Originally Posted by HeartDrama
I suppose it's possible that the culture in OH would include a bias against charter schools. That's quite different in California. Here, if you lack experience and need a job, charter is the way to go. I get really frustrated with those in education who have a myopic view of what they believe it should be. All children should be educated in a public school and parents should not consider any other options. I hear it on these forums; nothing but slander about charter schools. I can't imagine how teaching at a charter school means that someone is a subpar teacher. Sounds like elitist nonsense to me.
THANK YOU for voicing what I have thought SO OFTEN on these forums!!
I have learned that the educational landscape is VERY different in CA than other parts of the country. Charters are much more widely accepted here, are held more accountable, have a longer history of success (NO, not all succeed, but many REALLY do), and are extremely numerous and can be found nearly anywhere in our huge state. I think everyone's view of charters is tainted by whatever state/region of the country they live in. Charters are run very differently and abide by different laws in various parts of the country.
I got hired at a charter in 2012 because it was the only job I could get in a terrible market. To say I was pleasantly surprised would be an understatement. I am so impressed by my school, its track record, and the amazing educators I work with. Now it's 2014 and I actually CHOSE a charter this time around.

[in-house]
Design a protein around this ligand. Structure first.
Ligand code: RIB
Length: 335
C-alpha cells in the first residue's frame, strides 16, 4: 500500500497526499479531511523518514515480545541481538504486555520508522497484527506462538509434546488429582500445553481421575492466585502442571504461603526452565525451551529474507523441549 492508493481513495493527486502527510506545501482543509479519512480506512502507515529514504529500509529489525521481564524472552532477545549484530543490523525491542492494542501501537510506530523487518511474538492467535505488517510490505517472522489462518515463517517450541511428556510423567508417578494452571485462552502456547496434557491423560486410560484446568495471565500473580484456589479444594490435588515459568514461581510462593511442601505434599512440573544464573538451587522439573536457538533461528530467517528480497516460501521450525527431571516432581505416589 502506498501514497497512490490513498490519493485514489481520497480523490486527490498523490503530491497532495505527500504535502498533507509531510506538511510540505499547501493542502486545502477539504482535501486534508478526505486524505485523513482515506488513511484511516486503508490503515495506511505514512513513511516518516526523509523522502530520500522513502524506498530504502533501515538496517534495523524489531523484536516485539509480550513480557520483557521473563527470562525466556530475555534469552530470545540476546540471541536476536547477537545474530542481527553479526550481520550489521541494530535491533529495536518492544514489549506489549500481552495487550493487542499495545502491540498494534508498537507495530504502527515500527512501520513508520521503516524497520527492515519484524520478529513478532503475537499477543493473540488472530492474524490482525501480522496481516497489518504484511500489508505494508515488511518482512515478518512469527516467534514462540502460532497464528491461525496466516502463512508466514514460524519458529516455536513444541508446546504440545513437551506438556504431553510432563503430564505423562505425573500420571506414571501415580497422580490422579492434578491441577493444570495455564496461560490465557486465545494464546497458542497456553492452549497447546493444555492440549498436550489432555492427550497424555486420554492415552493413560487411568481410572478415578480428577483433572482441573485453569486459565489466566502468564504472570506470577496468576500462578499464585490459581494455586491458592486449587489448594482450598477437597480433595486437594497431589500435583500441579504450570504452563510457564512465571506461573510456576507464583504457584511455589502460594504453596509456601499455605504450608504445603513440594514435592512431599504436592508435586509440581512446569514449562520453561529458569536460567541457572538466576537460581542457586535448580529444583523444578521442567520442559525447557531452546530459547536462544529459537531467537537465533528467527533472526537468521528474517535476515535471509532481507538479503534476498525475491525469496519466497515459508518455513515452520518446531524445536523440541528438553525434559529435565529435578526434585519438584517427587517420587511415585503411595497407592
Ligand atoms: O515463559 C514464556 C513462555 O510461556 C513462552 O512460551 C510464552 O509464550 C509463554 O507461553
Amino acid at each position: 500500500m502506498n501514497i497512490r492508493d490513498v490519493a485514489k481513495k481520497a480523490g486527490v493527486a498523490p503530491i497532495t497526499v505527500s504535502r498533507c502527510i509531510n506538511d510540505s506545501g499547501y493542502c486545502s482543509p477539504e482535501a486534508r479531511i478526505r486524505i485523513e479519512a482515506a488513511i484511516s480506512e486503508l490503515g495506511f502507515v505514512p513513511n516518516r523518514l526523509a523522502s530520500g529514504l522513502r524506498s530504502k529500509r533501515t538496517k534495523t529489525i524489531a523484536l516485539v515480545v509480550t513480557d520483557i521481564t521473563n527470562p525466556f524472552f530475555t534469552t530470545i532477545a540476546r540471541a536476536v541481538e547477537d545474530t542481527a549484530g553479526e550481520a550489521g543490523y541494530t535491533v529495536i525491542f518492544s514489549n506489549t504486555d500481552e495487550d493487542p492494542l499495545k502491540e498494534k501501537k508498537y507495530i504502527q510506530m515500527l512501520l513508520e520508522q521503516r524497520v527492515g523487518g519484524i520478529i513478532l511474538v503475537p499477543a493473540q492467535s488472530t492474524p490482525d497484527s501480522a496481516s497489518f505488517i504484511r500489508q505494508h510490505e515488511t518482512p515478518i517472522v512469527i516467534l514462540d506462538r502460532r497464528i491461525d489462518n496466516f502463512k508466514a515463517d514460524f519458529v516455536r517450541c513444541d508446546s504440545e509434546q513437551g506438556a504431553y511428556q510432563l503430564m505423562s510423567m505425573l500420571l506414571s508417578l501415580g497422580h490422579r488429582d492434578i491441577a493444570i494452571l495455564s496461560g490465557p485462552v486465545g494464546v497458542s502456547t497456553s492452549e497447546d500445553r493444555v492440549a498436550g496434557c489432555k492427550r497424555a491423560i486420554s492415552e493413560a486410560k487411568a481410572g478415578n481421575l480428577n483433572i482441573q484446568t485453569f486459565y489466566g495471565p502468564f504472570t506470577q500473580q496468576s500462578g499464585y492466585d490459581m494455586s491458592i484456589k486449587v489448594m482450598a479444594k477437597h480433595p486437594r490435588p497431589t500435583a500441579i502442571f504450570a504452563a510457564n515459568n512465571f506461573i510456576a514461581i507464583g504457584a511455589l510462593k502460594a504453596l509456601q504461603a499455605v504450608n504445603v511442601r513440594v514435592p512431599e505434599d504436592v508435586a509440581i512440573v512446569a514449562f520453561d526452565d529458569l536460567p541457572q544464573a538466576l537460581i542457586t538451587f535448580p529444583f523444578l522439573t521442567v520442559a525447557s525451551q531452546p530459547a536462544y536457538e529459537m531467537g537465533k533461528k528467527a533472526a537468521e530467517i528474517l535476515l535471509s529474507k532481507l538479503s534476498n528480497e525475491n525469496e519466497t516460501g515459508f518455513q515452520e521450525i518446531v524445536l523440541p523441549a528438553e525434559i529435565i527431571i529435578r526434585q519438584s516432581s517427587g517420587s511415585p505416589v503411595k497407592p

When I was first job hunting I actually had the same fears as you. (I'm not sure why, but I know it was partially from reading anti charter sentiments on this forum). Would charter experience "look bad"? Now I don't care. If I ever do switch to public (which, at this point, seems unlikely) I don't think I would want to work for a district that sees my experience as "invalid" anyway.
Personally, I can't imagine choosing subbing rather than teaching at a charter. I would have a hard time working in a state where subbing in public was actually viewed as more valid experience than actual full time classroom teaching in a charter, private, or any other type of school.
BUT...to answer your question, OP, this is regional. The Ohio answer must be a lot different from my California answer, or you wouldn't be asking this question.
ETA: I realize that many on these boards and out there in the great beyond have had terrible experiences in charter schools. I've also heard of people having terrible experiences in public schools. So...it's not always so black and white.